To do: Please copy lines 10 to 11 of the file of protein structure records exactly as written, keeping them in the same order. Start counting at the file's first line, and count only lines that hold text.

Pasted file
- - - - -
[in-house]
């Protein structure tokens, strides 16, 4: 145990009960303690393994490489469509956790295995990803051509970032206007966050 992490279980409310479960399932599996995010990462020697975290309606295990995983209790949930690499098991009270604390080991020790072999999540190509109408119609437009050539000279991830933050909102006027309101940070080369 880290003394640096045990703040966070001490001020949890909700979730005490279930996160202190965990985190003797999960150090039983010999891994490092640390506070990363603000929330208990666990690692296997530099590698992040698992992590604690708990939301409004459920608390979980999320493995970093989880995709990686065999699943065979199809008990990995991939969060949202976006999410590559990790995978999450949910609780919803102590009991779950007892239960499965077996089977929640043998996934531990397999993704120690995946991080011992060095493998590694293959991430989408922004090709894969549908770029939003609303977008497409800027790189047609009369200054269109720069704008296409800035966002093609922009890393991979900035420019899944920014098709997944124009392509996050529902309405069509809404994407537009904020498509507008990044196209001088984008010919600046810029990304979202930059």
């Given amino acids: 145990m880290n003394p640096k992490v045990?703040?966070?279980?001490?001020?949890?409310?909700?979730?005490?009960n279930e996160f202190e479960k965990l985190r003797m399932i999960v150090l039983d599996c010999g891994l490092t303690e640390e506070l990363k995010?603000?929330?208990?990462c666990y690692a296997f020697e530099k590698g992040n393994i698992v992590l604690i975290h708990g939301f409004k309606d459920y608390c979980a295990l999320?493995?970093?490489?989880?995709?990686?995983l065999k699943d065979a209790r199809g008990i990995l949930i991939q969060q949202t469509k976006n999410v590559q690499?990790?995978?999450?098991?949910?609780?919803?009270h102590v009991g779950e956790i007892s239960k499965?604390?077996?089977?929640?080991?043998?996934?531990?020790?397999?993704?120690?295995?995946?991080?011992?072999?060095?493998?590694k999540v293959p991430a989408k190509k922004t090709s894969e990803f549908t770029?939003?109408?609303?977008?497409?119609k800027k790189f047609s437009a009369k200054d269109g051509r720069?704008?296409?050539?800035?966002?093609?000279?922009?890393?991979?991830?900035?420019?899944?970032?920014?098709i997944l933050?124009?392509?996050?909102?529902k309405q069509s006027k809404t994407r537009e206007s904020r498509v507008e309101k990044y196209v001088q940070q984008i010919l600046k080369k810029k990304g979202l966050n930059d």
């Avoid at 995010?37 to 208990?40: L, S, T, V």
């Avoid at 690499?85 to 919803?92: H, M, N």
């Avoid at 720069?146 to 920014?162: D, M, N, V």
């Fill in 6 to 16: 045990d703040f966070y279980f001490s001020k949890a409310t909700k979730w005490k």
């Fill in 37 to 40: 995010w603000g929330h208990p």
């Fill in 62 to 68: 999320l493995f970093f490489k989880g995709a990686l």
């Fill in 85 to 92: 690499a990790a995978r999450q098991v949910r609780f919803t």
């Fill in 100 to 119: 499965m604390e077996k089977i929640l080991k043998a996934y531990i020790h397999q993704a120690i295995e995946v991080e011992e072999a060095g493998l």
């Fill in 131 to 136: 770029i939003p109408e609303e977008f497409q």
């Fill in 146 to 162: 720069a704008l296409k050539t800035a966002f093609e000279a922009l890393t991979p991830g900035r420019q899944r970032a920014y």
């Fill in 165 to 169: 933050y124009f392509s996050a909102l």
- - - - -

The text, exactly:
């Fill in 85 to 92: 690499a990790a995978r999450q098991v949910r609780f919803t």
């Fill in 100 to 119: 499965m604390e077996k089977i929640l080991k043998a996934y531990i020790h397999q993704a120690i295995e995946v991080e011992e072999a060095g493998l």